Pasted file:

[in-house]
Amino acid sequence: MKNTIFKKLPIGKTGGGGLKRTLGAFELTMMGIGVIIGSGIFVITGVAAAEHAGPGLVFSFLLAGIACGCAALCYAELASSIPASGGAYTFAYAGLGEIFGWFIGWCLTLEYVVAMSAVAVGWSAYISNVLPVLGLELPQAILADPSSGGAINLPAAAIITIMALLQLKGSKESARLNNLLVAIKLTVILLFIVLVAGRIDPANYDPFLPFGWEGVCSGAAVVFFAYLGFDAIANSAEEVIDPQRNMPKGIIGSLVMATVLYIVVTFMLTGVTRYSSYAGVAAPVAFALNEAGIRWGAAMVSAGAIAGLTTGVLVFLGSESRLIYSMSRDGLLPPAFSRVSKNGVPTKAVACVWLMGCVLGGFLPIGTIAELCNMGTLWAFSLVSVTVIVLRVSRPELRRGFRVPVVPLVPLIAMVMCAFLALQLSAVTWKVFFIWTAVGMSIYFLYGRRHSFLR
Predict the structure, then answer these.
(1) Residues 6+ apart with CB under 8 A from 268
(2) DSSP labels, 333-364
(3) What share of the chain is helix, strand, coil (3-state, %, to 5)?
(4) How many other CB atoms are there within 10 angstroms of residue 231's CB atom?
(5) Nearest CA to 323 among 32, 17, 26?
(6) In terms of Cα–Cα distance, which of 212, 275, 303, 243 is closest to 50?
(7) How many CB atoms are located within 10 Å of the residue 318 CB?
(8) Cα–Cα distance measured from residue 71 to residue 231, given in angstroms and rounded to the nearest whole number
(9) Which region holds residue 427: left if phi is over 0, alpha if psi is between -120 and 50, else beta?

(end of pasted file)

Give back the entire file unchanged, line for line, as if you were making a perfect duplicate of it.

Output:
[in-house]
Amino acid sequence: MKNTIFKKLPIGKTGGGGLKRTLGAFELTMMGIGVIIGSGIFVITGVAAAEHAGPGLVFSFLLAGIACGCAALCYAELASSIPASGGAYTFAYAGLGEIFGWFIGWCLTLEYVVAMSAVAVGWSAYISNVLPVLGLELPQAILADPSSGGAINLPAAAIITIMALLQLKGSKESARLNNLLVAIKLTVILLFIVLVAGRIDPANYDPFLPFGWEGVCSGAAVVFFAYLGFDAIANSAEEVIDPQRNMPKGIIGSLVMATVLYIVVTFMLTGVTRYSSYAGVAAPVAFALNEAGIRWGAAMVSAGAIAGLTTGVLVFLGSESRLIYSMSRDGLLPPAFSRVSKNGVPTKAVACVWLMGCVLGGFLPIGTIAELCNMGTLWAFSLVSVTVIVLRVSRPELRRGFRVPVVPLVPLIAMVMCAFLALQLSAVTWKVFFIWTAVGMSIYFLYGRRHSFLR
Predict the structure, then answer these.
(1) Residues 6+ apart with CB under 8 A from 268
(2) DSSP labels, 333-364
(3) What share of the chain is helix, strand, coil (3-state, %, to 5)?
(4) How many other CB atoms are there within 10 angstroms of residue 231's CB atom?
(5) Nearest CA to 323 among 32, 17, 26?
(6) In terms of Cα–Cα distance, which of 212, 275, 303, 243 is closest to 50?
(7) How many CB atoms are located within 10 Å of the residue 318 CB?
(8) Cα–Cα distance measured from residue 71 to residue 231, given in angstroms and rounded to the nearest whole number
(9) Which region holds residue 427: left if phi is over 0, alpha if psi is between -120 and 50, else beta?